Earlier this year, Tyson Nauyuq was critically injured in a hunting accident.
The eight-year-old, who is a resident of Pangnirtung, Nunavut, wasn’t expected to survive. But with the treatment he’s been getting at the Children’s Hospital of Eastern Ontario, he’s on his way to recovery.
While he’s seen little of Ottawa since he got here in August, Nauyuq got a treat yesterday when he — and about 30 other children — went on a shopping spree.
Armed with Christmas wish lists, 33 children from the national capital area were paired with 33 Ottawa police officers — who volunteered their time to act as personal shoppers — for the second annual CopShop event in Ottawa.
The Billings Bridge Shopping Centre supplied each of the children with a $200 gift card, so that the participants — chosen by community groups and police because of need, or in recognition of academic, sports or volunteer achievements —could do their Christmas shopping.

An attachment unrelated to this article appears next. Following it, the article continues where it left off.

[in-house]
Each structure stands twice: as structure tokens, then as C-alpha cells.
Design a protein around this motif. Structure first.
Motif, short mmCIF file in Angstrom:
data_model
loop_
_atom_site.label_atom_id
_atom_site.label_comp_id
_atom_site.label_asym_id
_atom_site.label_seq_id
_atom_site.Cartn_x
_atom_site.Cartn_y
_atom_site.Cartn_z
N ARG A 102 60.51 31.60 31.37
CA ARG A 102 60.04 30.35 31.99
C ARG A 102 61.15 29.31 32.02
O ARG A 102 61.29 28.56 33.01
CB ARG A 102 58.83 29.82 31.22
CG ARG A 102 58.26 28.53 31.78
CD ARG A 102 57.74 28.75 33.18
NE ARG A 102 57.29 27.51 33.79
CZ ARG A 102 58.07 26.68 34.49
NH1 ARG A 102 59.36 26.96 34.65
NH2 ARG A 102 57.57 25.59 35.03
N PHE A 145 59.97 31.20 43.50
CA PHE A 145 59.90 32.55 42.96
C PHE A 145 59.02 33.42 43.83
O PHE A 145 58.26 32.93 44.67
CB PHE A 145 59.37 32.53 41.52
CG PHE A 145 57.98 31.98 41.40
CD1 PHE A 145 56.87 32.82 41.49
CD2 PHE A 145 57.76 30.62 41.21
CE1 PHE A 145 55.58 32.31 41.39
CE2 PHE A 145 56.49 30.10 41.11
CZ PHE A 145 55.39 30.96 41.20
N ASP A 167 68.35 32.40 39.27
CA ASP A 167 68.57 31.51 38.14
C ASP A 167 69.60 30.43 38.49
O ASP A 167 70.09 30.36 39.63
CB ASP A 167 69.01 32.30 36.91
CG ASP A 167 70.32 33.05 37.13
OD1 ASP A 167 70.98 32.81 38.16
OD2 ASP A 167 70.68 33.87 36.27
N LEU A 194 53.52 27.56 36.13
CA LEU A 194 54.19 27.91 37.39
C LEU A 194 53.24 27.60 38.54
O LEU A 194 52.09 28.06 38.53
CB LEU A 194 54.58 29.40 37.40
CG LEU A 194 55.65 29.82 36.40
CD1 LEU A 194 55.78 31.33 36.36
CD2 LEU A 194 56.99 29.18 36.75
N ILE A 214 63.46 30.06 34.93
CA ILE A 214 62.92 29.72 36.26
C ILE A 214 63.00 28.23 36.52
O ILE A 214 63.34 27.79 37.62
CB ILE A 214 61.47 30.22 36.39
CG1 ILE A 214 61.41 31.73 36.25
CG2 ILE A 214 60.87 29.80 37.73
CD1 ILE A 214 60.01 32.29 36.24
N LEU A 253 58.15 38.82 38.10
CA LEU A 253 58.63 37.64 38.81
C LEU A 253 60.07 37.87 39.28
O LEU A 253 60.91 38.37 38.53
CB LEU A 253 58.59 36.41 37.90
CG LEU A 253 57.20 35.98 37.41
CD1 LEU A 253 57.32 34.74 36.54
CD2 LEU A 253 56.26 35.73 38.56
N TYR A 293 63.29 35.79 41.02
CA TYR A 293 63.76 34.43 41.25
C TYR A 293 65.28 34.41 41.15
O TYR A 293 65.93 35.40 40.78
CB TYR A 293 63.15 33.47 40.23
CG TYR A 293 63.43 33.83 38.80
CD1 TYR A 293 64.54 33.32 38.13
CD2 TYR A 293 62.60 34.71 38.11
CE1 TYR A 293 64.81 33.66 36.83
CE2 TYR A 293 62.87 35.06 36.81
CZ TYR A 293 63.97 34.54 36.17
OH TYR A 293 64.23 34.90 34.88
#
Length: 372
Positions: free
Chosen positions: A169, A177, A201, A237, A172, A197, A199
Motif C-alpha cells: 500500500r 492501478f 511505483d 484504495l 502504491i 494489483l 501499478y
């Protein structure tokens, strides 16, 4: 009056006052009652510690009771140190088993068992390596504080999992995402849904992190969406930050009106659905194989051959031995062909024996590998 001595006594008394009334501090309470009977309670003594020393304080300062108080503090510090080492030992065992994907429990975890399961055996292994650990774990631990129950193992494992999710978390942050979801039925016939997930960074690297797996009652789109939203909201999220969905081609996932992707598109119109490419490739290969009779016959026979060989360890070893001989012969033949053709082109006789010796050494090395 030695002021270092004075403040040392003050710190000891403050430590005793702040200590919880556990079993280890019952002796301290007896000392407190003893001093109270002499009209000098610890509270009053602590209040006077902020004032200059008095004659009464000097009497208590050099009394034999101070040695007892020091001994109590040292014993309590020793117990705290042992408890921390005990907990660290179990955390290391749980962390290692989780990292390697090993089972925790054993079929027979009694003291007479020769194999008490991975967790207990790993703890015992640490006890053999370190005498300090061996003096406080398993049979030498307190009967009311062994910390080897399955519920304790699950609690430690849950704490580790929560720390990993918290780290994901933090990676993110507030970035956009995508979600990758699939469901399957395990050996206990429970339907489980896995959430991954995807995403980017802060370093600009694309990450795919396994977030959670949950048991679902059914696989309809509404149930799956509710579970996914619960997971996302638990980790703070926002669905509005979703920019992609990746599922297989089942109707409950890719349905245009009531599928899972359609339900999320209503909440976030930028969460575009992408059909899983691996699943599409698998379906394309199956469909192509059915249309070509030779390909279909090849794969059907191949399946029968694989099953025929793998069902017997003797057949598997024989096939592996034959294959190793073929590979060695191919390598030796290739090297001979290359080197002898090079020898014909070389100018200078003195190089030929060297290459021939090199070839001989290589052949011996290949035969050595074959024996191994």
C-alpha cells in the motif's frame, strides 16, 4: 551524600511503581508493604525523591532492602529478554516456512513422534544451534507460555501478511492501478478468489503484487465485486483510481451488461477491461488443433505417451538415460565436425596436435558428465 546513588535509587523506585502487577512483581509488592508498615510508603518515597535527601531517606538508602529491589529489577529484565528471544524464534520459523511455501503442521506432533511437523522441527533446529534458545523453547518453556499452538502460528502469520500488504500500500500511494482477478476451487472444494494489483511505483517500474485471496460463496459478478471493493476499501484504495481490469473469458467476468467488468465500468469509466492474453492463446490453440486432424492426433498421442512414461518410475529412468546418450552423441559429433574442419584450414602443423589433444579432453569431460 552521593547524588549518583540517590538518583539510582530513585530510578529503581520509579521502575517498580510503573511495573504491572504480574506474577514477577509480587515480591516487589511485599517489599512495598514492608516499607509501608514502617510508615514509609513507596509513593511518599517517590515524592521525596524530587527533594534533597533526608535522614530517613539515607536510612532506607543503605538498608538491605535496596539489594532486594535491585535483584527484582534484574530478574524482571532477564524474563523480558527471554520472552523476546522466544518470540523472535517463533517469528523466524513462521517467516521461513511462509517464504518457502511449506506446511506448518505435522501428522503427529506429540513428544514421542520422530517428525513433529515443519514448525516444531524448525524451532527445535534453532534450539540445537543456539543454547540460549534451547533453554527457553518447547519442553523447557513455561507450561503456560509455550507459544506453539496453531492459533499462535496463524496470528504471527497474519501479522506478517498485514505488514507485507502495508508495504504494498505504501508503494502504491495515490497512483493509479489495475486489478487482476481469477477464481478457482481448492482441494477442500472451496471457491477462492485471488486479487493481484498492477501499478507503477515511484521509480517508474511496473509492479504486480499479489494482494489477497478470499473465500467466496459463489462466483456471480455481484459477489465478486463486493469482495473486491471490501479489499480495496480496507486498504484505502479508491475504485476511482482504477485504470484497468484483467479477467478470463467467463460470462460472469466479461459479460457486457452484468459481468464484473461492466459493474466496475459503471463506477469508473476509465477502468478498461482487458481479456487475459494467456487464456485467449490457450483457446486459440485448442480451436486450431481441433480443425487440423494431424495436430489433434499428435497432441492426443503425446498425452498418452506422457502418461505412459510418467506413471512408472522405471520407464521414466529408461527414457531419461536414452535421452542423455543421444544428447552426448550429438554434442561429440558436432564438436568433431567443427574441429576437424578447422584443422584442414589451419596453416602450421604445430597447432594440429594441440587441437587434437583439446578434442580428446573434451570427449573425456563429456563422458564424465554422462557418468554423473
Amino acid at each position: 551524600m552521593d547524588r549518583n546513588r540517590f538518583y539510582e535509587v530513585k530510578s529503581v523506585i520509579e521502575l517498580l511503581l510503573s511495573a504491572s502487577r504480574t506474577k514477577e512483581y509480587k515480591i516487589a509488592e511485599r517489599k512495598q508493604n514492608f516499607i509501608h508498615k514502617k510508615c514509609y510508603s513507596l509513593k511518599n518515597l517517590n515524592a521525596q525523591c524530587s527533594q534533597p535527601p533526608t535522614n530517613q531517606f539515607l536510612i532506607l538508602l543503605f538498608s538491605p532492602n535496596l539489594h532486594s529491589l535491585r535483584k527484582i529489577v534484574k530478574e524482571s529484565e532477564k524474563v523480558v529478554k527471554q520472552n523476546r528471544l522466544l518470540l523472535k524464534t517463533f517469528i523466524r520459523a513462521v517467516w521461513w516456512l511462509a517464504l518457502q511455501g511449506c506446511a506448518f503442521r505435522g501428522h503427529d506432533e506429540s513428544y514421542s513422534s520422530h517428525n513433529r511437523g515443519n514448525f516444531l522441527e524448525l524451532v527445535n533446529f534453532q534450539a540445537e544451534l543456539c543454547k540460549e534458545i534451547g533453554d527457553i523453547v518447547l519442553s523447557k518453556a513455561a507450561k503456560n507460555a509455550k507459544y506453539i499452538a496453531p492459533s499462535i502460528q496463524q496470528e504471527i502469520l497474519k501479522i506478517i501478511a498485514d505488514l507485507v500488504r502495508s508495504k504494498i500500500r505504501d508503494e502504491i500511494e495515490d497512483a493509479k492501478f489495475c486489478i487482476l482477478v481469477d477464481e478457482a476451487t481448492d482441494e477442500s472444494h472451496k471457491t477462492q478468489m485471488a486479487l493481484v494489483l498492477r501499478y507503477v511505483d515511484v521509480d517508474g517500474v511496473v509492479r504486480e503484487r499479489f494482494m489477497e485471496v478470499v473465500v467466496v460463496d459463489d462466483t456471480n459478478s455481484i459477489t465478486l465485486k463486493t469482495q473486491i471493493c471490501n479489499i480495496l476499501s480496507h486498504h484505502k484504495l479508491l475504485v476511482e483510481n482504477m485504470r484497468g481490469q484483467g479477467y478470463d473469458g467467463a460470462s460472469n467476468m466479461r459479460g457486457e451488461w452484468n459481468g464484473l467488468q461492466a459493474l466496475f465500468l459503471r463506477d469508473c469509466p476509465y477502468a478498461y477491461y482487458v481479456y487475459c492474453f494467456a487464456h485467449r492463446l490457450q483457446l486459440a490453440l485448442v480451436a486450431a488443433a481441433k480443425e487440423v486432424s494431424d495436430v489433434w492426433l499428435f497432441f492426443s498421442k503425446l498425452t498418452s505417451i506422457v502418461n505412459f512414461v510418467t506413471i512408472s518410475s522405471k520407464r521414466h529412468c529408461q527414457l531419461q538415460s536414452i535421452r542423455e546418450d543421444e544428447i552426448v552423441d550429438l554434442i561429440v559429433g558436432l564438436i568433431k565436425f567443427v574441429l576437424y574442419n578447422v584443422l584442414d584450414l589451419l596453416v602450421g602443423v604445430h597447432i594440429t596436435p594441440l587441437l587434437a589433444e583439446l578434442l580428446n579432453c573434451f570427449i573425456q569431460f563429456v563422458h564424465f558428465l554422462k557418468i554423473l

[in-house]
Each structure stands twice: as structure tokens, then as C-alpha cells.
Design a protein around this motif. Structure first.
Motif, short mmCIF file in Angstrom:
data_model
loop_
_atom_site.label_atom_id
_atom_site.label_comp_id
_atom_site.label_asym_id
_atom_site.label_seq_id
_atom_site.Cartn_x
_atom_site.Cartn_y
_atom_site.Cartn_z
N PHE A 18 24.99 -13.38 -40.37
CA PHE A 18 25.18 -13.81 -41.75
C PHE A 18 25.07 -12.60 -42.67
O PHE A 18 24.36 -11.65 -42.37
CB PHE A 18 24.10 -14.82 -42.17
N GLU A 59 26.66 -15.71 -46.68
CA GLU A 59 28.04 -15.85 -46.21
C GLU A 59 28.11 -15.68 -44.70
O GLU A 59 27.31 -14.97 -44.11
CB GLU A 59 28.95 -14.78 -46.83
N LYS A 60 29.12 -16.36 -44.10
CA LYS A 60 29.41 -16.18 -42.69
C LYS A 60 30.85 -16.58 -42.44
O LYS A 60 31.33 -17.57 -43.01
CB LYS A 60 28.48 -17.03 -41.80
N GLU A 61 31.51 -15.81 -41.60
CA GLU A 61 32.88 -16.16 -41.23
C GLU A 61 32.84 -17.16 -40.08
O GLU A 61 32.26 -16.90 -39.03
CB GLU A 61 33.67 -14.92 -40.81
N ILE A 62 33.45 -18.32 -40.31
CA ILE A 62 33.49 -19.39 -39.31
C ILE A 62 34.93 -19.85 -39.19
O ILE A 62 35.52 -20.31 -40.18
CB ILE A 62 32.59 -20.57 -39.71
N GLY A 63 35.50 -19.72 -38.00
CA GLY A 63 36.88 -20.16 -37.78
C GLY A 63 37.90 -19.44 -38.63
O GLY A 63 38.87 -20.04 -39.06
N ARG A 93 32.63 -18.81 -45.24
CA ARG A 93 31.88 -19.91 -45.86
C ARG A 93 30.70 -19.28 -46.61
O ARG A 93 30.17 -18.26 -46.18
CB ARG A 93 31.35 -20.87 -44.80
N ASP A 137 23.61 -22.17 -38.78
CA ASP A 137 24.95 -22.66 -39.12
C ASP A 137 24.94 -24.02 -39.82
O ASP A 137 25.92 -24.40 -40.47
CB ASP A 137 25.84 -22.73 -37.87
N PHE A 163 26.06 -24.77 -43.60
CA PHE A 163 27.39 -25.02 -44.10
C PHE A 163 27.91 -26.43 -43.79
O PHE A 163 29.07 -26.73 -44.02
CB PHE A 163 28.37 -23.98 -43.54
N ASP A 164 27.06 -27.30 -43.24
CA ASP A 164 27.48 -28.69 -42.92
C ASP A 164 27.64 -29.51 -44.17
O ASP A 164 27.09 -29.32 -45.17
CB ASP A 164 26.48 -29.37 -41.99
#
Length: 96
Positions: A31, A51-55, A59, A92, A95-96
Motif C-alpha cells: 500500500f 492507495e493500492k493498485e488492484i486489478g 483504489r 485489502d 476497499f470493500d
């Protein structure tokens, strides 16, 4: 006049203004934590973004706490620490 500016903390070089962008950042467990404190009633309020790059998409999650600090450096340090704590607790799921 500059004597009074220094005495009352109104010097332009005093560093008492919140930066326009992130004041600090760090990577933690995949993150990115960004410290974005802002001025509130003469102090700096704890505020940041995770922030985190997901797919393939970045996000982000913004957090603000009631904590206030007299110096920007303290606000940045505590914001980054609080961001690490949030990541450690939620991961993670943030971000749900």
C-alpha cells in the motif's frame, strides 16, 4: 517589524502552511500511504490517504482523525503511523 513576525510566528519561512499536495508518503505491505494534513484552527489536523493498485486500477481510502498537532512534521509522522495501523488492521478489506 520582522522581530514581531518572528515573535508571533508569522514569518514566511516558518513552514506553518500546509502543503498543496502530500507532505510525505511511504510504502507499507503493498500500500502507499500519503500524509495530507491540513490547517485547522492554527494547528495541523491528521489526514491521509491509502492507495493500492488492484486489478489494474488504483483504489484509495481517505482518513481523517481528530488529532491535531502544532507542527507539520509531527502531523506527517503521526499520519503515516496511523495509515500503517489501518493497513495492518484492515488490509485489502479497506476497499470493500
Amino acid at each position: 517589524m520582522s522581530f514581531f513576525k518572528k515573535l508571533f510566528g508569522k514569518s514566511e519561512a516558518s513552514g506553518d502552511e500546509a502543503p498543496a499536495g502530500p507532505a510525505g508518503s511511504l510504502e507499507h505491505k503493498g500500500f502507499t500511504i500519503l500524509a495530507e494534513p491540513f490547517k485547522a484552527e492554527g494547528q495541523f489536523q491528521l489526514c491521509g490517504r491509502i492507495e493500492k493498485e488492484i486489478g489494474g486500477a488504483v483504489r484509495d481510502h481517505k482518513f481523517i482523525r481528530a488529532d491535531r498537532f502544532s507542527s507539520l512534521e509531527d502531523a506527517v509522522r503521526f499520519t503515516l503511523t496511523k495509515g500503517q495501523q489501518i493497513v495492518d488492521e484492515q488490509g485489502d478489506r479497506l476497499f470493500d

“They’re deserving kids who have done good things through their community,” said Const.
Walter Duhme. “This is a way of rewarding them for what they have given through their communities.”
“There are so many deserving children out there who may not otherwise get to celebrate Christmas,” said Greta Bloskie, marketing director at Billings Bridge.
When asked who he was shopping for, 10-year-old Dylan Nicolitisis pulled out a list and studied it.
“My brother, my baby brother and my mom,” he said. He also had a few things for himself on the list, including a walkie-talkie, a big colouring book and some crayons.
Nicolitisis’ shopping buddy Const. Jon Trudeau was hoping that this event would give kids “a different perspective on police officers, and put them in a positive light.”
“You want to make sure you leave impressions on everyone, especially young kids,” agreed Duhme. “They’ll know that if they ever need an officer, they can trust us and call us at any time.”